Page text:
Facing difficulty in attracting, retaining manpower

Nina Varghese

The comparative low wages and long hours are the two main deterrents to new people joining the hotel industry.

Chennai, Nov. 20

Despite salaries in the hospitality sector going up by 40 to 50 per cent, hotel companies are finding it difficult to attract and retain skilled manpower, let alone talent, say hotel industry sources.

Poaching by cruise liners and IT companies, of skilled manpower from the hospitality sector, has forced hotel companies to take a hard look at staff welfare, human resource practices and, of course, better remuneration.

The comparative low wages and long hours are the two main deterrents to new people joining the hotel industry.

A junior manager or supervisor in a three-star hotel today earns anything between Rs 7,000 and Rs 10,000 per month from the Rs 4,000 per month three years ago, said Mr M.O. Koshy, Vice-President GRT Grand.

Today BPOs are hiring people with specialised domain knowledge and the starting salary for a fresh graduate would range between Rs 8,000 to Rs 12,000 per month, industry sources said. But with just one or two years of experience, a person could get about Rs 18,000 per month.

Staff from hotels are also being wooed by cruise liners. According to the job sites, the salary offered for a waiter ranges from $2,500 to $4,000, while a busboy (assistant to waiter) can earn $1,500 to $3,000 depending on experience. IT companies are also hiring personnel with experience in the hospitality sector as facility managers.

The long hours that the junior level employees clock in at hotels have also been an issue. A senior manager at one of the five-star hotels said that young people are not willing to work long hours more than 16 hours at a stretch.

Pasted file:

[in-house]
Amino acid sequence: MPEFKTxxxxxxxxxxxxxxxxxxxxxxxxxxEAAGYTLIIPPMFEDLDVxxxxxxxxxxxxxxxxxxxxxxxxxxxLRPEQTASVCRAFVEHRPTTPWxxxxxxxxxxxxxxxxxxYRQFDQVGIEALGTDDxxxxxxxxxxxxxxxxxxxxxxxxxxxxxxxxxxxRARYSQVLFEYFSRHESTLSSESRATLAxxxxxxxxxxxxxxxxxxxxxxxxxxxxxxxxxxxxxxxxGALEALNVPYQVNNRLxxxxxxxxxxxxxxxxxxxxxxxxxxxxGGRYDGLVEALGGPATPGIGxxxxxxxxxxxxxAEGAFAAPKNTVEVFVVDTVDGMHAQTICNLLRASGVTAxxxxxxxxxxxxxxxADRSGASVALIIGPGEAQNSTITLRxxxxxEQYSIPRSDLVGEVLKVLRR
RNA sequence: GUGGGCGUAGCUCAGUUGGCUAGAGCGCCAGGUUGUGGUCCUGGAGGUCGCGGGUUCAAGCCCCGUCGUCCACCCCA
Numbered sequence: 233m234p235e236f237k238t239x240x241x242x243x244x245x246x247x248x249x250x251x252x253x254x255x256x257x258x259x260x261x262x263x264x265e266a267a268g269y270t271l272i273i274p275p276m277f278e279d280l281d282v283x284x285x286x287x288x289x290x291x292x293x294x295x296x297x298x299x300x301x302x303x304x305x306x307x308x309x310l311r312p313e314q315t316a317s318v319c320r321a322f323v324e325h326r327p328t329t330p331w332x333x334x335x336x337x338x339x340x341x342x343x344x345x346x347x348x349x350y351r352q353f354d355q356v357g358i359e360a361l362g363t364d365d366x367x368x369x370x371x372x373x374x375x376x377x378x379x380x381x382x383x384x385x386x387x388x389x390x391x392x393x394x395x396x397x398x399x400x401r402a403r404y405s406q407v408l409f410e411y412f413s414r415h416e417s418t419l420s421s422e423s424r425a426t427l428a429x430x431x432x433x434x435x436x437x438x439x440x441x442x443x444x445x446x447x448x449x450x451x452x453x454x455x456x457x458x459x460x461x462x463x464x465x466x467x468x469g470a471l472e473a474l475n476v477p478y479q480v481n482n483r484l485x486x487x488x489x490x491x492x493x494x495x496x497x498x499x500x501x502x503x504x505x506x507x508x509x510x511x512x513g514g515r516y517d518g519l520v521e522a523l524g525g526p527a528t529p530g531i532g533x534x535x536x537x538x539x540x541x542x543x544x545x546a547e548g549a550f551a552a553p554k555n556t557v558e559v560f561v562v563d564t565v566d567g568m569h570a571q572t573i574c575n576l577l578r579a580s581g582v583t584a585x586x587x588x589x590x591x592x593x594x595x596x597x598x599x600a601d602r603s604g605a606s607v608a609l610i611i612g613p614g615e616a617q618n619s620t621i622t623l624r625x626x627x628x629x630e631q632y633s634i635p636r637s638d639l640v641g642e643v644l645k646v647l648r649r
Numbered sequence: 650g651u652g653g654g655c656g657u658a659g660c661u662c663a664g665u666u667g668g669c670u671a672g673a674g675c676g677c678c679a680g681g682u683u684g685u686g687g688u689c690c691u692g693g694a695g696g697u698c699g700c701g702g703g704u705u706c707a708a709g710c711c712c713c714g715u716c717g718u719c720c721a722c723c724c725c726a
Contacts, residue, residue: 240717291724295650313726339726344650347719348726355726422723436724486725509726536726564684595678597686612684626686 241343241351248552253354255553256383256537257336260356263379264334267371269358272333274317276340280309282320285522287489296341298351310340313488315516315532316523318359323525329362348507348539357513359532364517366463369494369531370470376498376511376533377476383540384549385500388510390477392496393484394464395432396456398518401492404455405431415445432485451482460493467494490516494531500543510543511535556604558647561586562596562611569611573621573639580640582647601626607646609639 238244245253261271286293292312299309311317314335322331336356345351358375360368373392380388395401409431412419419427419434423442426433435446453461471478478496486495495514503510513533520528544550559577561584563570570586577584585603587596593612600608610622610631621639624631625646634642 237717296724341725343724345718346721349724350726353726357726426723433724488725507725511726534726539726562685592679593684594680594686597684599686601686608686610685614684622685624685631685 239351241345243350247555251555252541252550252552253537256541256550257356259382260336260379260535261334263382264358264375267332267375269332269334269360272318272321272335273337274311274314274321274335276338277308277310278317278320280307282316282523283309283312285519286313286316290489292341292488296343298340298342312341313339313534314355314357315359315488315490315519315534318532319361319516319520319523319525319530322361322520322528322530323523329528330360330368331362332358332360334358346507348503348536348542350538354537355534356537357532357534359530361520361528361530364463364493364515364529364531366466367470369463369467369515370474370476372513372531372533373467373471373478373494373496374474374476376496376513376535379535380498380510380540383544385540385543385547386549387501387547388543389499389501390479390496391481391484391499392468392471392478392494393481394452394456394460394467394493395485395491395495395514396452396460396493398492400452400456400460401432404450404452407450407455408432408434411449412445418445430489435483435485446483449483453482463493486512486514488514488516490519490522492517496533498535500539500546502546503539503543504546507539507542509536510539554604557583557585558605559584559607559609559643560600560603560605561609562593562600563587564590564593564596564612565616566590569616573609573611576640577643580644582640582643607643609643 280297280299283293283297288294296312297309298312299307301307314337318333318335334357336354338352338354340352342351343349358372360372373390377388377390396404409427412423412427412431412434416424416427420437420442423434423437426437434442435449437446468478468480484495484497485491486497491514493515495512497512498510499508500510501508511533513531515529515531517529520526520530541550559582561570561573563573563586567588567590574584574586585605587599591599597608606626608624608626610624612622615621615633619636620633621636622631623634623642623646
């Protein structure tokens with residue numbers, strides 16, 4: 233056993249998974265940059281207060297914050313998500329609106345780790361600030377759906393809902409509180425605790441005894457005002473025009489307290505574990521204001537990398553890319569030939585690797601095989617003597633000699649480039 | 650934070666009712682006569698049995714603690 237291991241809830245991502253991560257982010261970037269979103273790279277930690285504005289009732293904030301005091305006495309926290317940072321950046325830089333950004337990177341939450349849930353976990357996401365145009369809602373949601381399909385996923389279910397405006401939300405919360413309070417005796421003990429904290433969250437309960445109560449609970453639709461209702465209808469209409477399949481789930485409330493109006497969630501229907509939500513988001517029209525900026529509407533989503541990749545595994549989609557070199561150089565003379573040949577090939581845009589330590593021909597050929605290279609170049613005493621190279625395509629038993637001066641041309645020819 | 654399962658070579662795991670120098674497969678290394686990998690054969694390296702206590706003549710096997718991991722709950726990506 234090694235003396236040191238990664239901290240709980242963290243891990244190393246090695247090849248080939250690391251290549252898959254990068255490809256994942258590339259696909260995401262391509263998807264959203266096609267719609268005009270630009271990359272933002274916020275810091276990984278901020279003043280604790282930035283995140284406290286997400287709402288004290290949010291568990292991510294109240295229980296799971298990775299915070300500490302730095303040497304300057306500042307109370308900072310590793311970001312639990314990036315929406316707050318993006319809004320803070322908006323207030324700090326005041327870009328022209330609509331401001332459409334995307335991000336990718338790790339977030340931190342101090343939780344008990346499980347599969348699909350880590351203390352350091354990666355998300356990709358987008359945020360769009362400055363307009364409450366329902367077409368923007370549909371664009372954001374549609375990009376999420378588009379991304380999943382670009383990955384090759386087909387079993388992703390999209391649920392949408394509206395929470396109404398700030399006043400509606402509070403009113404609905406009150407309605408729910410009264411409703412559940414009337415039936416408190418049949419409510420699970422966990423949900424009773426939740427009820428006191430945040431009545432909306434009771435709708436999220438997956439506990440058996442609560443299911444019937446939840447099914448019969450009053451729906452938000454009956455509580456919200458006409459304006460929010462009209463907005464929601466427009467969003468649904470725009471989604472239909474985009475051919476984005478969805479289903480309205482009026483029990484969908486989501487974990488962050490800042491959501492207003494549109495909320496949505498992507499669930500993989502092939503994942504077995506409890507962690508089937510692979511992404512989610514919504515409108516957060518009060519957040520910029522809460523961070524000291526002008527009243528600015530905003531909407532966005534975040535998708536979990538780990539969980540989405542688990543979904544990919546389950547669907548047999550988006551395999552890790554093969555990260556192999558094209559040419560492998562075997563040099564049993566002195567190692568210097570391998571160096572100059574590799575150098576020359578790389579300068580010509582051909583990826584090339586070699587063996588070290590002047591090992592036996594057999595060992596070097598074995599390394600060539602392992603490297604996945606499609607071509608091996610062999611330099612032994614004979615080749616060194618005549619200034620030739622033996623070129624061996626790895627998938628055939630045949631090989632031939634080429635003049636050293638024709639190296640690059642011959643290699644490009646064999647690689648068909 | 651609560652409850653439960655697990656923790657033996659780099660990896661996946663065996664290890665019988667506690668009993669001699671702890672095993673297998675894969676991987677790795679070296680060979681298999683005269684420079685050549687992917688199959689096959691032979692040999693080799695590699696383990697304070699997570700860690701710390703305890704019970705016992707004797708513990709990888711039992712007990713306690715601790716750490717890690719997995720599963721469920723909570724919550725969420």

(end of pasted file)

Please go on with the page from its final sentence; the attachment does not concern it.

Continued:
Rest, relaxation and social life have become important, he said.

Recognising this need, companies are starting various staff welfare measures, which include picnics, outings and other bonding activities. For example, Mr Koshy said that at GRT hotels employees are trained in soft skills. In some hotels, employees are encouraged to be multi-skilled. According to a recent survey by the Federation of Hotels and Restaurants Association, the attrition rate is about 15 to 20 per cent, which is equivalent to that in other industrial sectors. The survey said that many hotels are not only paying attention to the professional aspect of good HR practices, they are also conscious of the social side.

A number of hotels inspire their staff by awarding employees of the month and the year, rewarding outstanding services, celebrating birthdays and organising staff picnics.

Some hotels and chains give cash for occasions such as weddings and for education of employees' children, while others look after housing needs of employees. Some hotels maintain day-care centres for infants and run transportation facilities for employees.

Such HR practices raise the motivation level of the staff and cement their commitment to the company, the survey said.

(This article was published in the Business Line print edition dated November 21, 2006)
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